The major advantages of industrialization in rural areas are employment, infrastructure, and education. Rural areas are often left behind when it comes to economic opportunities. For families that do not farm, rural areas can mean a lengthy commute to the nearest job sites, but more often, those in rural areas experience higher rates of unemployment. Industrialization can bring jobs to those remote areas, and with jobs, better infrastructure. Building a factory means building roads to the factory, ensuring quick shipping routes, and providing adequate housing for employees. Finally, with better infrastructure and job opportunities often come better schools. The tax base in a community increases around industry, small businesses come in to serve that industry (such as restaurants and hotels). As property values increase, the demand for and funding for public schools increase.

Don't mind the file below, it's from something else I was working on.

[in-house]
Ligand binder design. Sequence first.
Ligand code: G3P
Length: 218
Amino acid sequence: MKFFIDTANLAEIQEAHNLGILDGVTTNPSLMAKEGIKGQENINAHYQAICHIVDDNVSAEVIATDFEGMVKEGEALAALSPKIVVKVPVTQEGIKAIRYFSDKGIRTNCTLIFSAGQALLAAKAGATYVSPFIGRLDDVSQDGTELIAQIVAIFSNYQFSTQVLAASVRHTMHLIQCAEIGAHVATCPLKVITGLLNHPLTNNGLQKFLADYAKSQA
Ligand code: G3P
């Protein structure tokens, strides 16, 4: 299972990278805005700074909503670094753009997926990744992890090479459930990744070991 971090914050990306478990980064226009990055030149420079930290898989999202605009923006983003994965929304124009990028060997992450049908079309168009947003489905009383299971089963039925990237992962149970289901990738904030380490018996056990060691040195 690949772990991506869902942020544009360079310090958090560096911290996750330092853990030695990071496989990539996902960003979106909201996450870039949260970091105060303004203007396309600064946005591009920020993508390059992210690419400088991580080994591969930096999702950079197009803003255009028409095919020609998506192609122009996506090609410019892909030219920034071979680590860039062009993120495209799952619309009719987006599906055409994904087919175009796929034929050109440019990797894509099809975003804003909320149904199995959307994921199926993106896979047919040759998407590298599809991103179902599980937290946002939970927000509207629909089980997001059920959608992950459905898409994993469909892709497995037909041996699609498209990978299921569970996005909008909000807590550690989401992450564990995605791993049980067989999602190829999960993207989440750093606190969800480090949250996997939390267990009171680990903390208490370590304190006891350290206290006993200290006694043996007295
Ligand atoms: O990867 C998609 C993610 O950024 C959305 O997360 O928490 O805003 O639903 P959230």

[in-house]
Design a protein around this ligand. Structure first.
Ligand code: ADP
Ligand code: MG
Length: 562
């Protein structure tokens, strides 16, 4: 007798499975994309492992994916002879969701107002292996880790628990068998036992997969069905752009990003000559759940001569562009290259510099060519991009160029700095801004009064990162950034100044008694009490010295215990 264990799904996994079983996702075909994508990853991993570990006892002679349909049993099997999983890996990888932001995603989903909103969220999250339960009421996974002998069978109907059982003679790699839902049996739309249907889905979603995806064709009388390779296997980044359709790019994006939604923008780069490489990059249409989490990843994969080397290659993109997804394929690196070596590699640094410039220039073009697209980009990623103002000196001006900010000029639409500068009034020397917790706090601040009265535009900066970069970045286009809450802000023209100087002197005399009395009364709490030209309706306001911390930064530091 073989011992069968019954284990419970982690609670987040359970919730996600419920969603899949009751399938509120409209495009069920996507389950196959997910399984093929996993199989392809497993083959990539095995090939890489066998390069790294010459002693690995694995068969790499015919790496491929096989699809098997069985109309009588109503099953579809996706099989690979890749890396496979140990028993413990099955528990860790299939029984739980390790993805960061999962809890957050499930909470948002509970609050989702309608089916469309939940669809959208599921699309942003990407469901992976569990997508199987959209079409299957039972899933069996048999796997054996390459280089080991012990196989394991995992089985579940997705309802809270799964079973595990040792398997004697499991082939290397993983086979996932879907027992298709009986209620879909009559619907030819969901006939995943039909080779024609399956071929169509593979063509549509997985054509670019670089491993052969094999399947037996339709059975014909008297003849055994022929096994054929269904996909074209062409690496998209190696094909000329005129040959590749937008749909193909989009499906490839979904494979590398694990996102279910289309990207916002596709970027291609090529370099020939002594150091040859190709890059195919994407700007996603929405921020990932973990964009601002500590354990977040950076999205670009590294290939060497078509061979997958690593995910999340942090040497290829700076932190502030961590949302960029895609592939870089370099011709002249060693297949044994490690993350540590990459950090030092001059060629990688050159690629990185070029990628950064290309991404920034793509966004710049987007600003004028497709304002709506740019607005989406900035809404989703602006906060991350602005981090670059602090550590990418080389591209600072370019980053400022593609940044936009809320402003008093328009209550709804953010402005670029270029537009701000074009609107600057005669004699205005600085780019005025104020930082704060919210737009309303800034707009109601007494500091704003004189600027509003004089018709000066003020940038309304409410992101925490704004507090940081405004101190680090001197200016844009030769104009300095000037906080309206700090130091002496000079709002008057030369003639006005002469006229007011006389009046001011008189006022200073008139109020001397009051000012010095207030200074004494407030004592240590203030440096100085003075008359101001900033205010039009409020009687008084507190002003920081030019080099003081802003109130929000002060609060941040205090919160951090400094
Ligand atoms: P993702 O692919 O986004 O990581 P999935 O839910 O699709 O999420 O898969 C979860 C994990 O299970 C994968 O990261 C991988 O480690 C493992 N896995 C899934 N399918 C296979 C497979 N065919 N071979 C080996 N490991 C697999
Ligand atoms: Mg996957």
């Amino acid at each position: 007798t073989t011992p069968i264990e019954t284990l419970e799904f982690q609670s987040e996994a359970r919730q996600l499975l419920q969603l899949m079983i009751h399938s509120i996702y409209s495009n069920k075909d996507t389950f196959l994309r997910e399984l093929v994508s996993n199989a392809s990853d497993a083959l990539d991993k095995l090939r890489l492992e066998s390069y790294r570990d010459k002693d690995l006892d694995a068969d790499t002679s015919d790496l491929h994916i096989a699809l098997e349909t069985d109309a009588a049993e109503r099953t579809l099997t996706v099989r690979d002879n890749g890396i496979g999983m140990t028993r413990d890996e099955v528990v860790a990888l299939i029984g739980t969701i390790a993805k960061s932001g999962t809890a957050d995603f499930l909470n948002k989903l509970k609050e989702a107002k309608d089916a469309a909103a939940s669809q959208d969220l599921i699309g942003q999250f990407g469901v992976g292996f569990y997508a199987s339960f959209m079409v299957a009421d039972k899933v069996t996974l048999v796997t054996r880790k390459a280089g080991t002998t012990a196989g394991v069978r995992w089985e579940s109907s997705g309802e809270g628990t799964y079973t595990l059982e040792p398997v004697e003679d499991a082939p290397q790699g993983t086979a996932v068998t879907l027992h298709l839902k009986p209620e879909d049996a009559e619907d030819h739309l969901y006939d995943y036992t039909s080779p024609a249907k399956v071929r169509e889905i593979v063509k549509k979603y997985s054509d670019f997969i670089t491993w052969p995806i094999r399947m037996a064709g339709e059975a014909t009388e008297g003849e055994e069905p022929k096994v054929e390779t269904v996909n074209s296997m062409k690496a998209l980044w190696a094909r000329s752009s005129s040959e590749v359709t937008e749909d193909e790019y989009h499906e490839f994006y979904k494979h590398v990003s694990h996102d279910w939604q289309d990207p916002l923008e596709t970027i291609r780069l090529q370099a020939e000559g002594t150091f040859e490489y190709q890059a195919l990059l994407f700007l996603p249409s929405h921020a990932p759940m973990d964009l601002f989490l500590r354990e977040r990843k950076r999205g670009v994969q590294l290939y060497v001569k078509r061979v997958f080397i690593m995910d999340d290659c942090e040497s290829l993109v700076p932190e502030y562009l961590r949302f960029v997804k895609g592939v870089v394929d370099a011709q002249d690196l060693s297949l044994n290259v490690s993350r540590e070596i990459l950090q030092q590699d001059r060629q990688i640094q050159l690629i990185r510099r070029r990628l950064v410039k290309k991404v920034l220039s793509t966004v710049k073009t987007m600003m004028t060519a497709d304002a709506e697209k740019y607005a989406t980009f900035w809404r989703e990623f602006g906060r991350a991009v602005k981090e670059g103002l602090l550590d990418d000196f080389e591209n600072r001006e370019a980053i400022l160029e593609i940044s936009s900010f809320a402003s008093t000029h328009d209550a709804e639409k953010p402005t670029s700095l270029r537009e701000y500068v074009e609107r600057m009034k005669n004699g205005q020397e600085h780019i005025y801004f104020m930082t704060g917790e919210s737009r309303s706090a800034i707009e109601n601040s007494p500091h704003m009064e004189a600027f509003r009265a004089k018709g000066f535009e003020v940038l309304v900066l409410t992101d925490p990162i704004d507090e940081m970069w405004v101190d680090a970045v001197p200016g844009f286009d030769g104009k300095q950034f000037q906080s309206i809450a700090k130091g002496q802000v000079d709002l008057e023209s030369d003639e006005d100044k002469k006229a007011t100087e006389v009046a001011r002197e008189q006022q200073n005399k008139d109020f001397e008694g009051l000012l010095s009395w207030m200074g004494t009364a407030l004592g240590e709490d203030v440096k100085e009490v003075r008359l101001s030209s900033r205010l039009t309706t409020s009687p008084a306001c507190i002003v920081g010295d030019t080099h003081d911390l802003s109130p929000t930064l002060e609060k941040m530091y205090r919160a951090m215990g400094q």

The major disadvantages of industrialization in rural areas are pollution, displacement of residents, and loss of natural spaces. Rural areas can be more susceptible to groundwater and/or freshwater pollution when industry moves in because they do not have the safeguards already in place in industrialized areas. The issue is compounded if the rural area is home to livestock and/or crop farming. When industry comes to a rural area, bringing jobs and tax breaks with it, it may need to displace homes, businesses, schools, and wildlife to set up operations. Finally, rural areas are marked by unspoiled acreage, which may not generate revenue, but preserves green spaces and wildlife. Loss of green spaces is one of the major reasons rural residents protest industrialization.